"Some early planning for the retirement phase of your life will give you the best possible chance of being able to take that exciting next step."
Retirement planning isn’t always something that is front of mind for people in their forties and early fifties. Sometimes there appear to be far more immediate issues that need to be dealt with. However, there is no doubt that planning early will reduce the possibility that you will not be able to retire with a large enough retirement ‘nest egg’. If you’re not able to retire with enough funds then you may have to put off retirement until you are in better financial standing.
Some early planning for the retirement phase of your life will give you the best possible chance of being able to take that exciting step. Yes, we said it. Retirement should be exciting!
Our advisers work with a large number of retirement planning clients. Based on the experience of our advisers here at Financial Framework, we have put together a short guide on some of the most commonly asked questions about retirement planning.
The most obvious one those planning retirement ask is “When Can I Retire?” It’s a great question, so let’s kick things off with when you can retire.
The answer is… anytime you want! The reality is a little more complicated.
The vast majority of people will have to wait until they can either access their superannuation or be entitled to the aged pension.
In order to access your superannuation, you need to have reached your preservation age. This age is gradually increasing depending on when you were born. For people born between the 1st of July 1961 and the 30th of June 1962, their preservation age is 57 and anyone born after the 1st of July 1964 will have to wait until they turn 60, if you continue to work past your preservation age you are not able to access your superannuation until you are 65.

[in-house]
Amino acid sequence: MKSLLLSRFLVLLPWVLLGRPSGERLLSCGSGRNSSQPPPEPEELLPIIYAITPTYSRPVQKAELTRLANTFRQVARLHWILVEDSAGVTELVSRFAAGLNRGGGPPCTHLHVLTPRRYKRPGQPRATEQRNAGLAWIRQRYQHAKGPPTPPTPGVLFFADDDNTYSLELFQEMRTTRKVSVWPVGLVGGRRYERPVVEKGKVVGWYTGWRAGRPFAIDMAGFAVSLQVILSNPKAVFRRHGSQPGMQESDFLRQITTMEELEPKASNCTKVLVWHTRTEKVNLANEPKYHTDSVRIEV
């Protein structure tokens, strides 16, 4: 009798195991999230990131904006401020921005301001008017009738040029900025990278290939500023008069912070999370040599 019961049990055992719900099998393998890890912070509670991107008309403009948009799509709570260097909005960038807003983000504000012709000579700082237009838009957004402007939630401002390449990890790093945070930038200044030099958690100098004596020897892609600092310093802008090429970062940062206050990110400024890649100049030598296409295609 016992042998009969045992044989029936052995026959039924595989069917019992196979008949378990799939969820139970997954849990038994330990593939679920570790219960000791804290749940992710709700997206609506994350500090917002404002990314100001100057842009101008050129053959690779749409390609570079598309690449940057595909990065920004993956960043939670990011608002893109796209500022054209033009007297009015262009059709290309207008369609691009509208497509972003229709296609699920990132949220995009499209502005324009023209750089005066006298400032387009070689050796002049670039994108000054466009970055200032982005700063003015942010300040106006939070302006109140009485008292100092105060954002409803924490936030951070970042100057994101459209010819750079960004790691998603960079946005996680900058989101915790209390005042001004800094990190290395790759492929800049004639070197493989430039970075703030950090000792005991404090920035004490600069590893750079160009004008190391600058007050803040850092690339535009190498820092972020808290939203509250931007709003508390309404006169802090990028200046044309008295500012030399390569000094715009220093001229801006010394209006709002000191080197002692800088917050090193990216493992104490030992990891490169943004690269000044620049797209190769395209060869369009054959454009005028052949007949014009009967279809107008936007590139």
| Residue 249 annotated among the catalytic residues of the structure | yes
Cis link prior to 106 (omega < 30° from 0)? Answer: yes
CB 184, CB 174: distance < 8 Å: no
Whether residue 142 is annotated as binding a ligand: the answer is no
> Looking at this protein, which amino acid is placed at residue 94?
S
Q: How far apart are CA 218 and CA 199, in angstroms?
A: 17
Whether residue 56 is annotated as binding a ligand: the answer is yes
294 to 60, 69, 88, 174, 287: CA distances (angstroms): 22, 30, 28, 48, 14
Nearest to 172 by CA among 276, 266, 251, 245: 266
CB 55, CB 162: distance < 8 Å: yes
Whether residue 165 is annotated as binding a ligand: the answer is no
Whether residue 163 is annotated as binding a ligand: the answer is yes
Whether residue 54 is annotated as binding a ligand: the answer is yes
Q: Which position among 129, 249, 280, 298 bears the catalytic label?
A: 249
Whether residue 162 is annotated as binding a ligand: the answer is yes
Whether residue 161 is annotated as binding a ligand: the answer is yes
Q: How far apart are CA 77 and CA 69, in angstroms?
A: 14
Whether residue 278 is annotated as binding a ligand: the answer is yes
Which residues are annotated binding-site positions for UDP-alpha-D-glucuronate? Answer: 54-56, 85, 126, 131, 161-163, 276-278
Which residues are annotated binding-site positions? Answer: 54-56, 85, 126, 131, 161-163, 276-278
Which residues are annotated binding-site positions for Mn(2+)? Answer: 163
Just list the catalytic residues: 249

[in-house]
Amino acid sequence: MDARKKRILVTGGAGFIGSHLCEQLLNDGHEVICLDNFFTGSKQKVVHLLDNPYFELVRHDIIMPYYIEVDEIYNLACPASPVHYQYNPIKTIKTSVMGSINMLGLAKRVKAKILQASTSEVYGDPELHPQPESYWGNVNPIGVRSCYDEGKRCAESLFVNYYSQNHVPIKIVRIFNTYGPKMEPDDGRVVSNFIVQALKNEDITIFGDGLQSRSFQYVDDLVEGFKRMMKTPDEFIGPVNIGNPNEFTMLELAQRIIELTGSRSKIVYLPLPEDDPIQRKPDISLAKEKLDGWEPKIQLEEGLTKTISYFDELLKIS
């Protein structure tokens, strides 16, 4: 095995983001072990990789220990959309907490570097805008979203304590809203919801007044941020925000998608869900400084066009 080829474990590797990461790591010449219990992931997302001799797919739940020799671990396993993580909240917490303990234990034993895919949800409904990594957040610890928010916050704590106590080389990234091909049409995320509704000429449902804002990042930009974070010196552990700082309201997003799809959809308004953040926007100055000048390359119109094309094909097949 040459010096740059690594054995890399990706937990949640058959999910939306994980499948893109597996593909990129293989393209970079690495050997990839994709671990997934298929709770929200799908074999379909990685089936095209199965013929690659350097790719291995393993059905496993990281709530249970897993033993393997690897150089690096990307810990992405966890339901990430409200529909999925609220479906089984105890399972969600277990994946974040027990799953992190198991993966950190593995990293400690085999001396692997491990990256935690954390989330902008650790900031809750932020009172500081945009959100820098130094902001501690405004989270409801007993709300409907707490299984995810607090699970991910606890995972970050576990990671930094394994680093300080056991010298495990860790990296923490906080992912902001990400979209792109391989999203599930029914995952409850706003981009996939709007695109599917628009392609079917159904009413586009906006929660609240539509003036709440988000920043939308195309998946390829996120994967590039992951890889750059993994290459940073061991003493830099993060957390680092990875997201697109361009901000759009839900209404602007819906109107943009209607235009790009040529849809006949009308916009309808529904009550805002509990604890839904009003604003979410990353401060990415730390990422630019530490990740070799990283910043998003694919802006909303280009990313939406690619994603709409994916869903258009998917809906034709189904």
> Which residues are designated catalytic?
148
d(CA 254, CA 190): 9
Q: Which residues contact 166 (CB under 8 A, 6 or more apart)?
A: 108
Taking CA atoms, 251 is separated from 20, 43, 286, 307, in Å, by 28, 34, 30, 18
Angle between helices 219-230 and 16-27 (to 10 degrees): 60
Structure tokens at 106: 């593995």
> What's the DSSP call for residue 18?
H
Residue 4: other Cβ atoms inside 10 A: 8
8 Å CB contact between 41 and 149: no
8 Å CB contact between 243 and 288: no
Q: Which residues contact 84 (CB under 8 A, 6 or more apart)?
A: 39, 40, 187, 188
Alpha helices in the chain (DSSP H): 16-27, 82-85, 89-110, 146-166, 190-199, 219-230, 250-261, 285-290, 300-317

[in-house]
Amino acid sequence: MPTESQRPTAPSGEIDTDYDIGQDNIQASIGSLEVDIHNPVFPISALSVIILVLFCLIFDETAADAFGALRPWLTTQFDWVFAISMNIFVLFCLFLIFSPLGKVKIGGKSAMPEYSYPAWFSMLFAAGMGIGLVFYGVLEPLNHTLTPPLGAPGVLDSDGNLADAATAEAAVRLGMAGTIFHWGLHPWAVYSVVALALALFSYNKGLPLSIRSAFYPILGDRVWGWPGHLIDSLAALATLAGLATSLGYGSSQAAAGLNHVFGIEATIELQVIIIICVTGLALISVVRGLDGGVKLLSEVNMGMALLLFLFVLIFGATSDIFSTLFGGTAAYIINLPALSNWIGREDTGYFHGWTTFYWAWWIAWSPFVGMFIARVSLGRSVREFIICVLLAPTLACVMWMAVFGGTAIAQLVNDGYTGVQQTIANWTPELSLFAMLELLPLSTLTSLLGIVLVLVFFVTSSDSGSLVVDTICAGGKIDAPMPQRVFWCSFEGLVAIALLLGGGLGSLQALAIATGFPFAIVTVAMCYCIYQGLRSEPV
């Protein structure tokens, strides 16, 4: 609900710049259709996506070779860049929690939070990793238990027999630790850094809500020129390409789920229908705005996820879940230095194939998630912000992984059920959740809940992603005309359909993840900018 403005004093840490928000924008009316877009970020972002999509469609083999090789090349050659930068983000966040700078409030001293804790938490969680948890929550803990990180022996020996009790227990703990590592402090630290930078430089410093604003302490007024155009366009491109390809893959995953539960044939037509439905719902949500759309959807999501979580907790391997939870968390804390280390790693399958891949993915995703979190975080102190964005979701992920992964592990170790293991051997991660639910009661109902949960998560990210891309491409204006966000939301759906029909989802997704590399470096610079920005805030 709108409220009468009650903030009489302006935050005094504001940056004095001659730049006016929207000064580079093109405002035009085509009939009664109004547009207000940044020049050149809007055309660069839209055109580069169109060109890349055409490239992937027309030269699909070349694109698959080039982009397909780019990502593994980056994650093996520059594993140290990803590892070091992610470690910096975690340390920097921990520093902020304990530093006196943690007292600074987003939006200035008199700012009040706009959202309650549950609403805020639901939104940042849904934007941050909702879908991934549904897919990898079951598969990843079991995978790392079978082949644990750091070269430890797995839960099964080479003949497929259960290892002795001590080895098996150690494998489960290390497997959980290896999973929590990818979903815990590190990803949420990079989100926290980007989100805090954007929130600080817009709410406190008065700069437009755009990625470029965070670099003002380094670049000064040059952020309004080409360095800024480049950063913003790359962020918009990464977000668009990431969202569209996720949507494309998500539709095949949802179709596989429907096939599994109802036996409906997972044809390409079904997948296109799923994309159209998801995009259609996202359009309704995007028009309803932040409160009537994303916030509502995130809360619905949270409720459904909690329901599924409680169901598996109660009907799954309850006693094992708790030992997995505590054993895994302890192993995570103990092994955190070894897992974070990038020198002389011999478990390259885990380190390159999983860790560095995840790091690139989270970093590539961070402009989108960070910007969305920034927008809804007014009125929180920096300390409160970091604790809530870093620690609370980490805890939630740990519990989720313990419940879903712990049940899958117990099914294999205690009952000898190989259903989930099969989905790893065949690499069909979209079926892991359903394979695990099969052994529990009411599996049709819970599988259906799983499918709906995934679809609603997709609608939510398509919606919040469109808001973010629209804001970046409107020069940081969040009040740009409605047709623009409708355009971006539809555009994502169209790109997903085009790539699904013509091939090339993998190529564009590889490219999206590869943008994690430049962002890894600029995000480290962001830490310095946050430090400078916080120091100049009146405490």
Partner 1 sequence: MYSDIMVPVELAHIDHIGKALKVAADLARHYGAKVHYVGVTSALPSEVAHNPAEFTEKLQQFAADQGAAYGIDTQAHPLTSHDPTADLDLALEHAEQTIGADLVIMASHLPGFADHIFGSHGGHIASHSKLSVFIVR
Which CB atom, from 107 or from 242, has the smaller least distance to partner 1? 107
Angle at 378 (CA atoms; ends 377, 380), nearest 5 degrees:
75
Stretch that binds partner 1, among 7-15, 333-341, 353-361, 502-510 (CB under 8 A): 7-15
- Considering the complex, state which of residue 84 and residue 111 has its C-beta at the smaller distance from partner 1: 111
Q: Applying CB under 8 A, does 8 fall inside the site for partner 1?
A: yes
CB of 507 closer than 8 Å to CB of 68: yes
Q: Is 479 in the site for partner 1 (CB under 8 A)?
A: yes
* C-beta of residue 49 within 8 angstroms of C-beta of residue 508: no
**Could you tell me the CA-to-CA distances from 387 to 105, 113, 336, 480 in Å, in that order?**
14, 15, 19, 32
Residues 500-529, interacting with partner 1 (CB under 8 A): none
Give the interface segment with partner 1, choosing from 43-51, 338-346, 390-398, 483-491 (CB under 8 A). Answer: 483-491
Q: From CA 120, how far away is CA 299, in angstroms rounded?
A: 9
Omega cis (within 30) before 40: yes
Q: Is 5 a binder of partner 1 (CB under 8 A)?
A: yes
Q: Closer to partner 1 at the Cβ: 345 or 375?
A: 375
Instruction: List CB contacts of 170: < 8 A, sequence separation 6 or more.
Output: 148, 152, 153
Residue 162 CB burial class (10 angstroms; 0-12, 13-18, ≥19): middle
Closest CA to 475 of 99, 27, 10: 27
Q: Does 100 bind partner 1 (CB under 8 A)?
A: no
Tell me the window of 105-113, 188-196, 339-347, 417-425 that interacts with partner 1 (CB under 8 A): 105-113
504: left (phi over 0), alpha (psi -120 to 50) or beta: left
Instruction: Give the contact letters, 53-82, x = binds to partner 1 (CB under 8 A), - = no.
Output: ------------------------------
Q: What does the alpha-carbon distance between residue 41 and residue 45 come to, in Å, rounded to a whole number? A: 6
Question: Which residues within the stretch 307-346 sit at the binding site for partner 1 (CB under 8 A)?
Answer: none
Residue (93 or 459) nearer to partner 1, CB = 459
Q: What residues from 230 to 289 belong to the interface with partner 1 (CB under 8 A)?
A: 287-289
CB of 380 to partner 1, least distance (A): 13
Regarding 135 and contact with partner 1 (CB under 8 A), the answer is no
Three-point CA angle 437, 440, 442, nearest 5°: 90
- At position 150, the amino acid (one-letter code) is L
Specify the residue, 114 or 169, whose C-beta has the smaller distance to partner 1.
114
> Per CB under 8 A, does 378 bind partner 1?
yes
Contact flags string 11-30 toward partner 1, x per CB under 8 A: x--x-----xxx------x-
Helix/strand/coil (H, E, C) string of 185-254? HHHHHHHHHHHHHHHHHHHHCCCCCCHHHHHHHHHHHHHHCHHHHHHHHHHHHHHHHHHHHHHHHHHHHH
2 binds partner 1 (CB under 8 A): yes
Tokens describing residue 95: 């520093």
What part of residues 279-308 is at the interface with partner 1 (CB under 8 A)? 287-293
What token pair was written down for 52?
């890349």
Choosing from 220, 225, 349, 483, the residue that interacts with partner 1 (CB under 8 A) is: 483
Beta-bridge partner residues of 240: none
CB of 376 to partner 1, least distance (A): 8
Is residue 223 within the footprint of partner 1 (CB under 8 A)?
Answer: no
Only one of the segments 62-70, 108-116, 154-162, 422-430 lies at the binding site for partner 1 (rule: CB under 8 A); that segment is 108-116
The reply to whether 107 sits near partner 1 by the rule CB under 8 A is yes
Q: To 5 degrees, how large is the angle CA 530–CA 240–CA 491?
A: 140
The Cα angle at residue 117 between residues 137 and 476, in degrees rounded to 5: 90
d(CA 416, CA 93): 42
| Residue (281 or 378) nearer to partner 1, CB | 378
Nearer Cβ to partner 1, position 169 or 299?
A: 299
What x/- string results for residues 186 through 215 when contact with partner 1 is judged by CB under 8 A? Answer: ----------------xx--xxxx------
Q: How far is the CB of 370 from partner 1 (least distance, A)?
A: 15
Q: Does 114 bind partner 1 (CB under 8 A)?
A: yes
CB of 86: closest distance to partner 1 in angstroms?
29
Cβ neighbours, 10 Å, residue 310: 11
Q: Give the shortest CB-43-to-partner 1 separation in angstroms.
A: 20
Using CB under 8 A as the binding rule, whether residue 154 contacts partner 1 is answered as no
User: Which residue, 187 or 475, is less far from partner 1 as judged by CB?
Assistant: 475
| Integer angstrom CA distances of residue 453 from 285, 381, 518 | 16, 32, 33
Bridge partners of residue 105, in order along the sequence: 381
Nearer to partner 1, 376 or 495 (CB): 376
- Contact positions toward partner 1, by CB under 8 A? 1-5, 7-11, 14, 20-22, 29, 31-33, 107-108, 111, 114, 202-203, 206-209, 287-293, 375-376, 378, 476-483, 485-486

The eligibility for the aged pension is also graduated depending on your age. People born prior to the 31st of December 1952 are entitled to the pension now, however if you were born after the 1st of January 1957 you will have to wait until aged 67.
This is probably the toughest question to answer, and while it is never a once size fits all situation, the Association of Superannuation Funds of Australia (AFSA) provides some retirement standard benchmarks.
AFSA has calculated the following retirement asset values and retirement incomes needed for a comfortable retirement. These figures should be taken on board with a pinch of salt as they consider a comfortable retirement for a couple and a single, assuming that they own their own home and are debt free.
AFSA indicated that a couple needs approximately $640,000 in superannuation and a single person needs $545,000.
In terms of income, a couple will need approximately $60,457 per year, whereas a single person would need $44,011 per year.
These figures might be ideal for some, but they certainly aren’t a guide for everyone. Perhaps a good indication would be the holiday allowance calculated for a couple on a weekly basis. ASFA allows for around $134 per week or $6,968 per annum to travel domestically and abroad. Considering that international flights can vary anywhere from a few hundred dollars to a couple of thousand dollars, this may suck up the majority of your travel budget. So, if you’re seeking to travel more often in retirement then you may want to increase your nest egg and your income to allow for that.
Something that many people approaching retirement don’t often consider is their health.